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One of the equivalent forms in definition of a Noetherian Jacobson ring $R$ is that $R$ has no prime ideals $P$ such that $R/P$ is a 1-dimensional semi-local ring.

When $R/P$ has dimension 1, it means that between $R$ and $P$ there is at most one prime ideal, and as $R/P$ is semi-local, there are only finitely many maximal ideals of $R$ containing $P$. Do not these two imply that $P$ lies only in one maximal ideal of $R$?

Incidentally, what is a proof for equivalence of the above-mentioned statement with $R$ being Jacobson? Thanks for any cooperation.

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Let $R$ be a noetherian ring. Then $R$ is Jacobson if and only if for every prime ideal $P$ of $R$ such that $\dim R/P=1$ the ring $R/P$ has infinitely many maximal ideals.

"$\Rightarrow$" Actually any homomorphic image of dimension $\ge 1$ of a Jacobson ring has infinitely many maximal ideals. Since homomorphic images of Jacobson rings are also Jacobson, we can start with a Jacobson ring $R$ of dimension $\ge1$, and prove that $R$ has infinitely many maximal ideals. Suppose the contrary, and let $P$ be a prime ideal of $R$ which is not maximal. Then $P$ is a finite intersection of maximal ideals, and therefore $P$ itself is maximal, a contradiction.

"$\Leftarrow$" If $R$ isn't Jacobson, then there is a prime ideal which is not an intersection of maximal ideals. Since $R$ is noetherian we can choose a prime $P$ maximal with this property. In particular, $P$ isn't maximal, so $\dim R/P\ge 1$.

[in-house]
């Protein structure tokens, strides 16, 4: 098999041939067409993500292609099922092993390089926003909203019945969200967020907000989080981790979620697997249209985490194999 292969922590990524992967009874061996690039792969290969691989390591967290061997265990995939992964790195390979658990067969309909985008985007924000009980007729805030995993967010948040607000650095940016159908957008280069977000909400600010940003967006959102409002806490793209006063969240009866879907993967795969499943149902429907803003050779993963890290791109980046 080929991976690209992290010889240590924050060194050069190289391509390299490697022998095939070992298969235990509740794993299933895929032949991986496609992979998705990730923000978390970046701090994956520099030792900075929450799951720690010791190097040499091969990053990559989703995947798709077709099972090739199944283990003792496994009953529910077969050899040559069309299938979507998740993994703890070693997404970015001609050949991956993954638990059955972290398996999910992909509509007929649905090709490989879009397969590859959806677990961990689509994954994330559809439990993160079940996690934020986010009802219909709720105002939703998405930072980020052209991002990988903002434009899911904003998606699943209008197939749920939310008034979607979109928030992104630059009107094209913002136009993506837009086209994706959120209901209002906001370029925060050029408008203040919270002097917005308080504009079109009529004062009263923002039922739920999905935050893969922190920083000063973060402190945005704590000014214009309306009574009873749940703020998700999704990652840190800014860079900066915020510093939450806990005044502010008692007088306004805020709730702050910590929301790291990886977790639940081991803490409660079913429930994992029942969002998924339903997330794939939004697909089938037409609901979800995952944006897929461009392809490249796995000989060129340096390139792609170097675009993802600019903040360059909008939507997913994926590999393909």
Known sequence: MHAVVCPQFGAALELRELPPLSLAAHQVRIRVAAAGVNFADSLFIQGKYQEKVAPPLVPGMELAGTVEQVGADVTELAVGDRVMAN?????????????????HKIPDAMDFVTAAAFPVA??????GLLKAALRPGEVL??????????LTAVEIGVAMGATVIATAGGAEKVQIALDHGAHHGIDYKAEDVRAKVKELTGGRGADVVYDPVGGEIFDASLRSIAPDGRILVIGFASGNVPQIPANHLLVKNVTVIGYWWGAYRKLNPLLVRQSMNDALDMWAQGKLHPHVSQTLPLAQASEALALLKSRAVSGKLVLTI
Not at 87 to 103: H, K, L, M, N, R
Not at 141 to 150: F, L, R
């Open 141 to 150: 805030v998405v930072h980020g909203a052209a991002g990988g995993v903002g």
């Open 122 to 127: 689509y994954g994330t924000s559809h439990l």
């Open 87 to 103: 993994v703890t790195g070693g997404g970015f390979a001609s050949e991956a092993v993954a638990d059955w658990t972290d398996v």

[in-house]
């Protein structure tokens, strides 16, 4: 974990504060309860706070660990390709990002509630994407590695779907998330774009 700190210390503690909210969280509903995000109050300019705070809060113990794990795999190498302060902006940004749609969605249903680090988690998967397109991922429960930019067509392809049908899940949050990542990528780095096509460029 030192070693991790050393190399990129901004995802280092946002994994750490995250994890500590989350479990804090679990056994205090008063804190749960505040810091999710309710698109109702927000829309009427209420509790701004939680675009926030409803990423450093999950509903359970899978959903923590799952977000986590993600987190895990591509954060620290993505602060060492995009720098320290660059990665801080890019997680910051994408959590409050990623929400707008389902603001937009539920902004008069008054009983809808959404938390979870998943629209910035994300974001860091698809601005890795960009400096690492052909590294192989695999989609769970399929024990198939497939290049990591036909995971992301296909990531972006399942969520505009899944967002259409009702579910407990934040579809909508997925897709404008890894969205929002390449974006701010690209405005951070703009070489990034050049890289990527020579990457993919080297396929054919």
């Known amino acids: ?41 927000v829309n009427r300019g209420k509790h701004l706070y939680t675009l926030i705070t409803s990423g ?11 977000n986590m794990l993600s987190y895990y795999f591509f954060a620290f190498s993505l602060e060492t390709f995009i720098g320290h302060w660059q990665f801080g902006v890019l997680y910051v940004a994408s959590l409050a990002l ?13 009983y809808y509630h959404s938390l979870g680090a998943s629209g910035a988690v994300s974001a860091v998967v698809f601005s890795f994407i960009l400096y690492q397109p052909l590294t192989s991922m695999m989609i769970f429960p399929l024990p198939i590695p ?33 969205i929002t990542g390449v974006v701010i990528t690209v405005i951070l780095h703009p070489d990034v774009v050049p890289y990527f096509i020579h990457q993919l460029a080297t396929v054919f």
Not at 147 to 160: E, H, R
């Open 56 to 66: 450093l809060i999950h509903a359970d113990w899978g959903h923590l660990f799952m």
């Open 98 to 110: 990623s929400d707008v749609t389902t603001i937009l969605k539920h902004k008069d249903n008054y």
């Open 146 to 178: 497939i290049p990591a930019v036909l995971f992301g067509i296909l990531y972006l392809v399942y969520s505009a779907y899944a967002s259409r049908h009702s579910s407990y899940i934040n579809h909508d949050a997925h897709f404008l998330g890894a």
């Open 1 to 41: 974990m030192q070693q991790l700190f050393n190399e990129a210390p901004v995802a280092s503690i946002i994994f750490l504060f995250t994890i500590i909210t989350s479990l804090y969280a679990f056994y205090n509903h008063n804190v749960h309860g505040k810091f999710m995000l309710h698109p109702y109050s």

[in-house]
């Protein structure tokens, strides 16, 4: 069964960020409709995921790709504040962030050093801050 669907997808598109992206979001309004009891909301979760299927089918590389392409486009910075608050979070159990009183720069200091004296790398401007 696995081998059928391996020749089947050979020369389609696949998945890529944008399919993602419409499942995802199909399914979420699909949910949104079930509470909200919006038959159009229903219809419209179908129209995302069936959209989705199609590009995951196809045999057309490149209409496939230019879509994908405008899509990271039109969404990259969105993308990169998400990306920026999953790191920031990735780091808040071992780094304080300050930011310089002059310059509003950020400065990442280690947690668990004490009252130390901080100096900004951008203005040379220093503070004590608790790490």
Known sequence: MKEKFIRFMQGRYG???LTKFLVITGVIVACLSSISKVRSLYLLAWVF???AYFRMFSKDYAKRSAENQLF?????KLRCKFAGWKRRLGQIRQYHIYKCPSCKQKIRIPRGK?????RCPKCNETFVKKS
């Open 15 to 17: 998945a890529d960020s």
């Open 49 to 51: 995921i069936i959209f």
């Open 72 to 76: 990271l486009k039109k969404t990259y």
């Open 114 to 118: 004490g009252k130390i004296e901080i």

If $\dim R/P=1$, then, by hypothesis, the intersection of its maximal ideals is $(0)$. (Otherwise, taking a non-zero element $x$ in the intersection, and using the primary decomposition of $(x)$ we find that $x$ is contained in a finite number of maximal ideals, contradiction.) Thus $P$ is an intersection of maximal ideals, and this contradicts the choice of $P$.
If $\dim R/P>1$, then there are infinitely many height one prime ideals in $R/P$ and (by a similar argument to the one in the previous paragraph) their intersection is $(0)$, that is, $P$ is an intersection of larger primes. From the choice of $P$ we deduce that $P$ is an intersection of maximal ideals, contradiction.

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  • $\begingroup$ An alternative approach for $\Leftarrow$: In a domain $R$, if $x \ne 0$ is contained in every height $1$ prime, then $\{\text{ht 1 primes}\} \subseteq \operatorname{Min}(x)$. If $R$ is Noetherian of dim $> 1$, then $\{\text{ht 1 primes}\}$ is infinite while $\operatorname{Min}(x)$ is finite, and if $\dim R = 1$, then $\{\text{ht 1 primes}\} = \operatorname{mSpec}(R)$. $\endgroup$ – zcn Jun 20 '14 at 18:49
  • $\begingroup$ @zcn Why $Min(x)$ is finte? And what is the contradiction in the case $dim R=1$? $\endgroup$ – karparvar Jun 2 '15 at 8:26
  • $\begingroup$ @karparvar In a noetherian ring the set of minimal primes over an ideal is always finite (they are among the associated primes). (Unfortunately user zcn is no longer active on M.SE.) $\endgroup$ – user26857 Jun 2 '15 at 13:52
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There are Noetherian semi-local domains of dimension $1$ that are not local, e.g. $S^{-1}\mathbb{Z}$, where $S = \mathbb{Z} \setminus ((2) \cup (3))$. Probably the line of reasoning you meant is this: a Jacobson domain of dimension $1$ cannot be semilocal. If it were, then $0$ would be an intersection of maximal ideals, and if the intersection is finite, then $0$ would equal one of the maximal ideals, contradicting dimension $1$.

Since quotients of Jacobson rings are Jacobson, this shows that $R$ Jacobson $\implies R$ has no primes $P$ with $R/P$ semi-local of dimension $1$. For the converse, assuming $R$ is Noetherian, one can use the equivalence (Lemma 4.20 in Eisenbud, called the Rabinowitch trick)

i) $R$ is Jacobson
ii) If $P$ is a prime in $R$ with $(R/P)[f^{-1}]$ a field for some $f \in R \setminus p$, then $R/P$ is a field

along with the following proposition (see this question):

Proposition: Let $R$ be a Noetherian domain, not a field. Then $R$ is semi-local of $\dim 1$ iff $R_f$ is a field for some $f \in R$.

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